Wil Dubois

Happy Saturday! Welcome to Ask D'Mine, our weekly advice column hosted by veteran type 1 and diabetes author and former clinical diabetes specialist Wil Dubois in New Mexico. 

This week, Wil is corresponding with a worried mom whose daughter is dating a young man in college who happens to have type 1, but isn't exactly taking great care of himself. It's a tricky situation, but Wil has some thoughts to share (of course!).

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Caroline, concerned mom from California, writes: I’m a nurse practitioner. My daughter met her current boyfriend in Greek life at university 18 months ago. I met him and learned he was newly diagnosed type 1 DM. Every time we went out he drinks pretty heavily. It troubled me but I thought OK, only on special occasions. Last New Year’s Eve he attended a party with us. He had 8 cocktails and then they went out drinking. I went home and cried. On New Years Day he was drinking again. They are living together in Seattle now a year later. I just visited them and he looks like a skeleton, so skinny, completely pale, ghostly white skin, and still drinking. My daughter is completely oblivious and says his diabetes is his issue. She has not one iota of a caregiver personality. I just keep saying to myself “not my patient, not my son” and I’ve said nothing. I don’t think it would help. Your articles, however, have helped me. He eats plates full of desserts (plural) when he drinks so... I guess no DKA yet. Honestly, it’s breaking my heart. Appreciate your candid articles and have used them with patients, I do end up helping with managing T1D until we can find endocrinology. Any thoughts?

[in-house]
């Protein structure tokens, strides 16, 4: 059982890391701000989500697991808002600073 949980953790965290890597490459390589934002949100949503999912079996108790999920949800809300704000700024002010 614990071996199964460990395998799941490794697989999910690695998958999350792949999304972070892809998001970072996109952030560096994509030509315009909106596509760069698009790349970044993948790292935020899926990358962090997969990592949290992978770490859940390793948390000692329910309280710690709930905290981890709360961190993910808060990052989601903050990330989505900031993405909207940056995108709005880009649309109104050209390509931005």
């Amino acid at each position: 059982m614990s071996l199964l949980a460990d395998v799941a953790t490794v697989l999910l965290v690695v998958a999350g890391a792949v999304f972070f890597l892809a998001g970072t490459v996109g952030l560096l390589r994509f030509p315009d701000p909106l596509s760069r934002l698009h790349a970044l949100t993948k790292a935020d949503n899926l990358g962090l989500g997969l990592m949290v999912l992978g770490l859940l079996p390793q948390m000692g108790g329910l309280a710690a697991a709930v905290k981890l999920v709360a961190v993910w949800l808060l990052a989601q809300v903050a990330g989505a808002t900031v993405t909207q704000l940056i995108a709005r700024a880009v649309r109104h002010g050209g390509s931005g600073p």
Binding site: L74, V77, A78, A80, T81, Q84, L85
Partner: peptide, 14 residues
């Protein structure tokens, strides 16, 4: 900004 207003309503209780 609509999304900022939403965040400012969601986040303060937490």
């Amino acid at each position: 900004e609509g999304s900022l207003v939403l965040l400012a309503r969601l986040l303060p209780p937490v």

[email protected] D’Mine answers: Wow. Yipes. Whoever said that parenthood was easy didn’t have any children!

Thank you for your kind words. I was delighted to learn that you found my articles helpful with your patients. Speaking of patients, you said “not my patient, not my son.” I’d argue that’s only 50% correct. You’re right that he’s not your patient. But hey, this kid is cohabitating with your daughter. That makes him very much your son, regardless of what pieces of paper may be missing. As such, you have a mother-in-law’s butt-in license, just as if they were married, because even though he’s not directly your responsibility, his actions have a heavy impact on the person who is your absolute and sacred responsibility.

But that still leaves us with the very real issue of how to butt in effectively, without alienating your daughter. OK… Where to start? So he’s a heavy drinking frat boy, and that can bring some stereotypical worries along with real-life stories of situations gone bad. He’s not only a young male, but he’s a “young” type 1 as well, just recently dx’d. In addition to a taste for alcohol that shames even my merchant marine friends, he also has a sweet tooth.